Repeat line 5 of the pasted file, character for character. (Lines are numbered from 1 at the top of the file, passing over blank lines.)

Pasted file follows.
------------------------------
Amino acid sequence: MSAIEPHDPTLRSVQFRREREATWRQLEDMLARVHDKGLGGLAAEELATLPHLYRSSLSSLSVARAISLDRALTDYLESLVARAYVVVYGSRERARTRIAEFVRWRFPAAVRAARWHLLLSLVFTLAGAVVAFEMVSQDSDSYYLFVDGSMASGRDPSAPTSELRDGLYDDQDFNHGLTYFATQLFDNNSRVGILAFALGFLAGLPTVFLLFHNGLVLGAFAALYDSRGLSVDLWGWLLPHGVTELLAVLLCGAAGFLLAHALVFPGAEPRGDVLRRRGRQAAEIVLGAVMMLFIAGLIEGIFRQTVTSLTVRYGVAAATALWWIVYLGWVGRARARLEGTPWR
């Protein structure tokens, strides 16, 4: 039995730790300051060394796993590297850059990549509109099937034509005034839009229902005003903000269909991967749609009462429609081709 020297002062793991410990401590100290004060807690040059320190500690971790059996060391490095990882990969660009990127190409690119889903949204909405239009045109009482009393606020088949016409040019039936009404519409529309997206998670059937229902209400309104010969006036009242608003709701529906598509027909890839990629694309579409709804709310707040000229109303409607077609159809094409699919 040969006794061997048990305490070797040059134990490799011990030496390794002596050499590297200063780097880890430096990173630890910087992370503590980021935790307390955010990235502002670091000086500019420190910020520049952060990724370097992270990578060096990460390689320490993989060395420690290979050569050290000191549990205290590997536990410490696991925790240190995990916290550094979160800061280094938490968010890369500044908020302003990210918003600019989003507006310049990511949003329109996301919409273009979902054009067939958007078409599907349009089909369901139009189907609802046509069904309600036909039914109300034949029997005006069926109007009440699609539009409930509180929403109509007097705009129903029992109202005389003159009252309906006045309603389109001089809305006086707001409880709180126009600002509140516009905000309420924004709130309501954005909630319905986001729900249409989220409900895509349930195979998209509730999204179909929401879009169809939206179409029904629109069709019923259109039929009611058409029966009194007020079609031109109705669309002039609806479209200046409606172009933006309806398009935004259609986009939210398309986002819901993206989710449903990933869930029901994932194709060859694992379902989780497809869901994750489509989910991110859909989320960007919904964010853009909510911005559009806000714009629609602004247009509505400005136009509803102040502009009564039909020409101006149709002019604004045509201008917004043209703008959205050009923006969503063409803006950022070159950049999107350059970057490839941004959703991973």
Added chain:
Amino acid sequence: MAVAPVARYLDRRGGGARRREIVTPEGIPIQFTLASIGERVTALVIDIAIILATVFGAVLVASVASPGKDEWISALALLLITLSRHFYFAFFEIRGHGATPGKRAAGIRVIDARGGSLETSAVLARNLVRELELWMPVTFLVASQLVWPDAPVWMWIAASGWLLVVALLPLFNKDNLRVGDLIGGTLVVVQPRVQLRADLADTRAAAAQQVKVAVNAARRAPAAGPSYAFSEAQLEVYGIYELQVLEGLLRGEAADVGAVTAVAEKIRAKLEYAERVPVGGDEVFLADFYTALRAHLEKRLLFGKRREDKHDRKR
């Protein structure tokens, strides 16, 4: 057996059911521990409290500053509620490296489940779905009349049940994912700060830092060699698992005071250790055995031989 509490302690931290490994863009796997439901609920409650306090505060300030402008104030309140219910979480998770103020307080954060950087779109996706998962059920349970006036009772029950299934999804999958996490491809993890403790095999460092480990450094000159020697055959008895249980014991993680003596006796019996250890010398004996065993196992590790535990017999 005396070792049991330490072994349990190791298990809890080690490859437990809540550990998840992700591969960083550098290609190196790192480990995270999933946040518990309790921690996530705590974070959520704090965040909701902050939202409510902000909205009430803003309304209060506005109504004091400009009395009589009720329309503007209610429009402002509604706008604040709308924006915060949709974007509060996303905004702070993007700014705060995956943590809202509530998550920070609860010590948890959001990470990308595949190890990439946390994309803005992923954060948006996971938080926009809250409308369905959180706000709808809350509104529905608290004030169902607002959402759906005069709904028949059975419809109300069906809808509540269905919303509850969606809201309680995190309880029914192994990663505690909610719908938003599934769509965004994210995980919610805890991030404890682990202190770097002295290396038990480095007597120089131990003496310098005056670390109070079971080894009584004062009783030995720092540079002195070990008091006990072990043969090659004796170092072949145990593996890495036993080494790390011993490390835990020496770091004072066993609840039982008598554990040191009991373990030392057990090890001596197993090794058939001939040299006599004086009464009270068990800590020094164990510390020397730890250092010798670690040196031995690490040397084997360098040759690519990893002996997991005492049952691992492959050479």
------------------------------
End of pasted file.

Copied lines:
């Protein structure tokens, strides 16, 4: 057996059911521990409290500053509620490296489940779905009349049940994912700060830092060699698992005071250790055995031989 509490302690931290490994863009796997439901609920409650306090505060300030402008104030309140219910979480998770103020307080954060950087779109996706998962059920349970006036009772029950299934999804999958996490491809993890403790095999460092480990450094000159020697055959008895249980014991993680003596006796019996250890010398004996065993196992590790535990017999 005396070792049991330490072994349990190791298990809890080690490859437990809540550990998840992700591969960083550098290609190196790192480990995270999933946040518990309790921690996530705590974070959520704090965040909701902050939202409510902000909205009430803003309304209060506005109504004091400009009395009589009720329309503007209610429009402002509604706008604040709308924006915060949709974007509060996303905004702070993007700014705060995956943590809202509530998550920070609860010590948890959001990470990308595949190890990439946390994309803005992923954060948006996971938080926009809250409308369905959180706000709808809350509104529905608290004030169902607002959402759906005069709904028949059975419809109300069906809808509540269905919303509850969606809201309680995190309880029914192994990663505690909610719908938003599934769509965004994210995980919610805890991030404890682990202190770097002295290396038990480095007597120089131990003496310098005056670390109070079971080894009584004062009783030995720092540079002195070990008091006990072990043969090659004796170092072949145990593996890495036993080494790390011993490390835990020496770091004072066993609840039982008598554990040191009991373990030392057990090890001596197993090794058939001939040299006599004086009464009270068990800590020094164990510390020397730890250092010798670690040196031995690490040397084997360098040759690519990893002996997991005492049952691992492959050479």